Walter E. Williams

As an example, the U.S. Supreme Court held in Flemming vs. Nestor (1960) there are no "accrued property rights" to a Social Security check. That means Congress can do anything it wishes with Social Security and that includes means-testing payments, raising eligibility age, reducing payments, increasing "contributions" or eliminate the program altogether. The same applies to any of the other so-called non-discretionary spending programs.

By the way, thinking about the looming Social Security disaster, I believe that a person who's 65 years old and has been forced into Social Security is owed something. But who owes it to him? Congress has spent every penny of what he put into Social Security. Any check he receives comes out of the hide of young workers in the labor force. I think that's unfair. The young worker has no obligation to that senior citizen, but Congress has.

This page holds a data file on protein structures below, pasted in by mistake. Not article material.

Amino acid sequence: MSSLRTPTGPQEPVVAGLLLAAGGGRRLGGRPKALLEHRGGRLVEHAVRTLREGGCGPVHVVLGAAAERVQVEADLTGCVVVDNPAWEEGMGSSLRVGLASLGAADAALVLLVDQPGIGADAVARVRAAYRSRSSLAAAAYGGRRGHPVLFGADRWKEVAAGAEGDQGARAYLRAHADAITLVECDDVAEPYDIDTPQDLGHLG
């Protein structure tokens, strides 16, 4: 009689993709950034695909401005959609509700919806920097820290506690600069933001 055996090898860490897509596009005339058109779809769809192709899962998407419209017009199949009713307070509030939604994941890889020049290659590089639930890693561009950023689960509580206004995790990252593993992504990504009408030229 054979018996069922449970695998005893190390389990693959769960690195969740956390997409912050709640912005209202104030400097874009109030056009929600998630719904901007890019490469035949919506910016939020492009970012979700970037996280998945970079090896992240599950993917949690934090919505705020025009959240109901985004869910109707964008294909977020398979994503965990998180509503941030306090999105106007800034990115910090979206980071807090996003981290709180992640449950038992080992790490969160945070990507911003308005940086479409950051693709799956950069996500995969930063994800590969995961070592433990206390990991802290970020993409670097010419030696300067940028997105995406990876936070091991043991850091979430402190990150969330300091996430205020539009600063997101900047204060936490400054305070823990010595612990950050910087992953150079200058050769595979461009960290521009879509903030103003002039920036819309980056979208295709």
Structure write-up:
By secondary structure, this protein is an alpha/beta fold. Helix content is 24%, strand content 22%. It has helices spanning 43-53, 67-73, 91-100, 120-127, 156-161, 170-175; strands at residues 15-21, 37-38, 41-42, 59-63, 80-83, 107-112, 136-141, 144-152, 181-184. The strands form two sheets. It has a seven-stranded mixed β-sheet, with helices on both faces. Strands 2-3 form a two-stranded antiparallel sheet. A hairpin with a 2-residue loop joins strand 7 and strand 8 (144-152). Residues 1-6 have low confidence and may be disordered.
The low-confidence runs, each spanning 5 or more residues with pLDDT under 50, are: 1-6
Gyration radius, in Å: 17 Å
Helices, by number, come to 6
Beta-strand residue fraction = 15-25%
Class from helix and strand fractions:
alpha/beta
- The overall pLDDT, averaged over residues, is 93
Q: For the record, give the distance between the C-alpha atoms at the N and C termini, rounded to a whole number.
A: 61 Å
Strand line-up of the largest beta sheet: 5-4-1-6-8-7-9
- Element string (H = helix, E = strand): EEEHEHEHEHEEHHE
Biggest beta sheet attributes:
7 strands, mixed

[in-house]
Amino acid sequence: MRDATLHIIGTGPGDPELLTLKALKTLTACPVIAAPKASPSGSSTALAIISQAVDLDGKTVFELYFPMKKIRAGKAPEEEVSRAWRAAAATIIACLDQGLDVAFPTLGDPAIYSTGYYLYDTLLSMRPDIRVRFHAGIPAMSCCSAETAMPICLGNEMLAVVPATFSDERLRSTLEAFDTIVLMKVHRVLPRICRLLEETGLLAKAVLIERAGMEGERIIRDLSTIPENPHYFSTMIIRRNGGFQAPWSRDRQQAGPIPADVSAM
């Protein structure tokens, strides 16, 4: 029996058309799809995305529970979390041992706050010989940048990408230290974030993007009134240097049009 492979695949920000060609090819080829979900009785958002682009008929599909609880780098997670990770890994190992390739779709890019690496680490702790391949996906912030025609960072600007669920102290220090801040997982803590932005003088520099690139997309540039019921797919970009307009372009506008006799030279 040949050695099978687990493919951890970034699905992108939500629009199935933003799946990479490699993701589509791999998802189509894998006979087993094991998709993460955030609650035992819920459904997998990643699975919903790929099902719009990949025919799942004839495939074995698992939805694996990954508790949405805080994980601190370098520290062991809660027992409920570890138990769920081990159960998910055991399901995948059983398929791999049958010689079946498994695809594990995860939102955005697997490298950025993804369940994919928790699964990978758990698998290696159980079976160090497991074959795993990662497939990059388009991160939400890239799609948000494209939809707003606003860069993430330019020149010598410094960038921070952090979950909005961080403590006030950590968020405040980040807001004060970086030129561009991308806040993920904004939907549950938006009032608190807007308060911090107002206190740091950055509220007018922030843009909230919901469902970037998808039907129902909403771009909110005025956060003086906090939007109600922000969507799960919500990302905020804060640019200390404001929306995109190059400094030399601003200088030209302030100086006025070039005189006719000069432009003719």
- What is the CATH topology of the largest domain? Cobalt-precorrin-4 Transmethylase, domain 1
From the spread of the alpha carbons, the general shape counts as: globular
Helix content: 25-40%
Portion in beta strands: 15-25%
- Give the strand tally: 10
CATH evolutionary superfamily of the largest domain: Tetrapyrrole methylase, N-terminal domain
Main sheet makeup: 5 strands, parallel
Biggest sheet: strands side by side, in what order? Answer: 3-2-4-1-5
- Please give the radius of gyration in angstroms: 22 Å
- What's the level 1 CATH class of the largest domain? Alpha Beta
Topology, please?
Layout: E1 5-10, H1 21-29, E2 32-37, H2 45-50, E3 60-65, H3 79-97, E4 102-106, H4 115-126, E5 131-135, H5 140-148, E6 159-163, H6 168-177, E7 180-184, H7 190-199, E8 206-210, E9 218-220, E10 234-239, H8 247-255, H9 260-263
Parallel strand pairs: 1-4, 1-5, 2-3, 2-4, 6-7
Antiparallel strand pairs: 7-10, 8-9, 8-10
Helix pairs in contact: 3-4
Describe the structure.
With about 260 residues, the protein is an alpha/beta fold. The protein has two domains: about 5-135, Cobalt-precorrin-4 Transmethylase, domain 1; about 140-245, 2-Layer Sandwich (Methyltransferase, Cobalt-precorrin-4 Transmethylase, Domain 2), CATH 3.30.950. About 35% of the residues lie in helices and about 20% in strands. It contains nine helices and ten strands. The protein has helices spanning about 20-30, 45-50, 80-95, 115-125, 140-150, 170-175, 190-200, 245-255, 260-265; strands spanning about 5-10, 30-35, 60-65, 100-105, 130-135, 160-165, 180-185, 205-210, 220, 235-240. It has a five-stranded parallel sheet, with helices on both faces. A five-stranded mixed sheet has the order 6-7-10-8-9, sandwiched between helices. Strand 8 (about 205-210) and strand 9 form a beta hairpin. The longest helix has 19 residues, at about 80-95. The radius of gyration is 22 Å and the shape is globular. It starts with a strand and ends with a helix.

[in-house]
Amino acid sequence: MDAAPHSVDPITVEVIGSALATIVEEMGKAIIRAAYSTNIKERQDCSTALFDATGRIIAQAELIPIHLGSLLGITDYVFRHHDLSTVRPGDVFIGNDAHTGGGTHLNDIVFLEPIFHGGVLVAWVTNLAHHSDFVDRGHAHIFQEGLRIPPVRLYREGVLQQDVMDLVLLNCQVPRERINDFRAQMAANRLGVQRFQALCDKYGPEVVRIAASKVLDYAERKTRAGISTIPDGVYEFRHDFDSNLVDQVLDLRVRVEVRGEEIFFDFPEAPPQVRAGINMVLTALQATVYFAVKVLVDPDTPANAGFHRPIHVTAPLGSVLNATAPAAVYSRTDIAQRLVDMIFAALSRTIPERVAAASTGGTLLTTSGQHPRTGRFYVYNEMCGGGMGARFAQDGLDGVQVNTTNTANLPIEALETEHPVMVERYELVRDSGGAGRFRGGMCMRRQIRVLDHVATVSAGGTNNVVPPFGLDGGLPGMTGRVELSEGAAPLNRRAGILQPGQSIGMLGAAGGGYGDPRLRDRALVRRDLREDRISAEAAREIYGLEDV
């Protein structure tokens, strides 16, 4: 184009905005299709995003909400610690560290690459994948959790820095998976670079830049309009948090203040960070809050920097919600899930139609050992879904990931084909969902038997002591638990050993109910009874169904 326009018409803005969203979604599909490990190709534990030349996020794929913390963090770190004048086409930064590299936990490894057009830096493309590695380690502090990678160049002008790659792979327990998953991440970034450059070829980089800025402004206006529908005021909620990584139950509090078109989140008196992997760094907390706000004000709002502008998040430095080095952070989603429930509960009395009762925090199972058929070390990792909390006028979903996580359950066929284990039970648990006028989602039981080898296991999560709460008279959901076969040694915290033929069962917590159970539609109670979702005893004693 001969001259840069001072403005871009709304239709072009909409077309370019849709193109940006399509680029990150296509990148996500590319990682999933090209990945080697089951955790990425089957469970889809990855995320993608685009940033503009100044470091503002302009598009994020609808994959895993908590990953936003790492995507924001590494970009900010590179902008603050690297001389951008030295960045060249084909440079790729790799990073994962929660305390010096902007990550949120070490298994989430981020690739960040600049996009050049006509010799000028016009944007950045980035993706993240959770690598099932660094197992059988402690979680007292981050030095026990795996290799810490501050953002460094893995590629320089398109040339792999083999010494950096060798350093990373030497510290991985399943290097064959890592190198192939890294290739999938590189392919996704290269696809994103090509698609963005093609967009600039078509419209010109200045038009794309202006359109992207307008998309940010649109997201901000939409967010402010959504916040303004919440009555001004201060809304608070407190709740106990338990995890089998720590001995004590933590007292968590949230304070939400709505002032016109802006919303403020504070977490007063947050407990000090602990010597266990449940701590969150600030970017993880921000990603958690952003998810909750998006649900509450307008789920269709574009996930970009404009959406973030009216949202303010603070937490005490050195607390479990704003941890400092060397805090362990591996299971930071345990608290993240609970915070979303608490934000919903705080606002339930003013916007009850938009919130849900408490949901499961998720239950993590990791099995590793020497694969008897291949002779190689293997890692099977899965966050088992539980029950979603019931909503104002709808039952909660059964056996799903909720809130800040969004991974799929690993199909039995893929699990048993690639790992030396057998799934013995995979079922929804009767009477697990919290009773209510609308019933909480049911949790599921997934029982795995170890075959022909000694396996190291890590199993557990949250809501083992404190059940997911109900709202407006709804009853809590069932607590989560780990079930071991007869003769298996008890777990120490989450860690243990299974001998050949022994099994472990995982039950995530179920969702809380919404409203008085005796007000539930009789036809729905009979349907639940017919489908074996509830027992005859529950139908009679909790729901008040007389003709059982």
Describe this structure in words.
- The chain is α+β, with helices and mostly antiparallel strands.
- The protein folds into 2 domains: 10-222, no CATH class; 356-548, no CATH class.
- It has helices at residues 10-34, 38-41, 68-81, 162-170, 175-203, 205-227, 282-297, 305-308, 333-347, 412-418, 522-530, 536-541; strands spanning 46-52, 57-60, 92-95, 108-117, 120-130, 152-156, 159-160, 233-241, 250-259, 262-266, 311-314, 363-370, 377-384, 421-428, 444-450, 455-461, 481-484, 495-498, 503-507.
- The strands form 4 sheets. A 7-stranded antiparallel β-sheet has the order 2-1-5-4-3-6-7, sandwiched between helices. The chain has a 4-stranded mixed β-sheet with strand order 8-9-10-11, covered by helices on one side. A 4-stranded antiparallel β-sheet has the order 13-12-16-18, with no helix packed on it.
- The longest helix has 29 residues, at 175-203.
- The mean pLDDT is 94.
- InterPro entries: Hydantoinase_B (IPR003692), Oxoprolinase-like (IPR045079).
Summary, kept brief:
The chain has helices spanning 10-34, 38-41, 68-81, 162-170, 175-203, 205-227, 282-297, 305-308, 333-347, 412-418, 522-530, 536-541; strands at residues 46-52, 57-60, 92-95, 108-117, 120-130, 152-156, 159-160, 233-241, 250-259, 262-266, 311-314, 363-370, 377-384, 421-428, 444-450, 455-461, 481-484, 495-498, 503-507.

I have a one-time fix to give us some breathing room to make reforms. The federal government has huge quantities of wasting assets -- assets that are not producing anything, 650 million acres of land -- almost 30 percent of the land area of the United States. It owns 80 percent of the land in Nevada, 70 percent in Alaska, 60 percent in Idaho and 50 percent in California and Oregon. I would be willing, and I suspect many others, to make a deal with Congress whereby I forsake all Social Security and Medicare benefits for, say, 50 acres of land in Alaska.


Walter E. Williams

Dr. Williams serves on the faculty of George Mason University as John M. Olin Distinguished Professor of Economics and is the author of 'Race and Economics: How Much Can Be Blamed on Discrimination?' and 'Up from the Projects: An Autobiography.'
 
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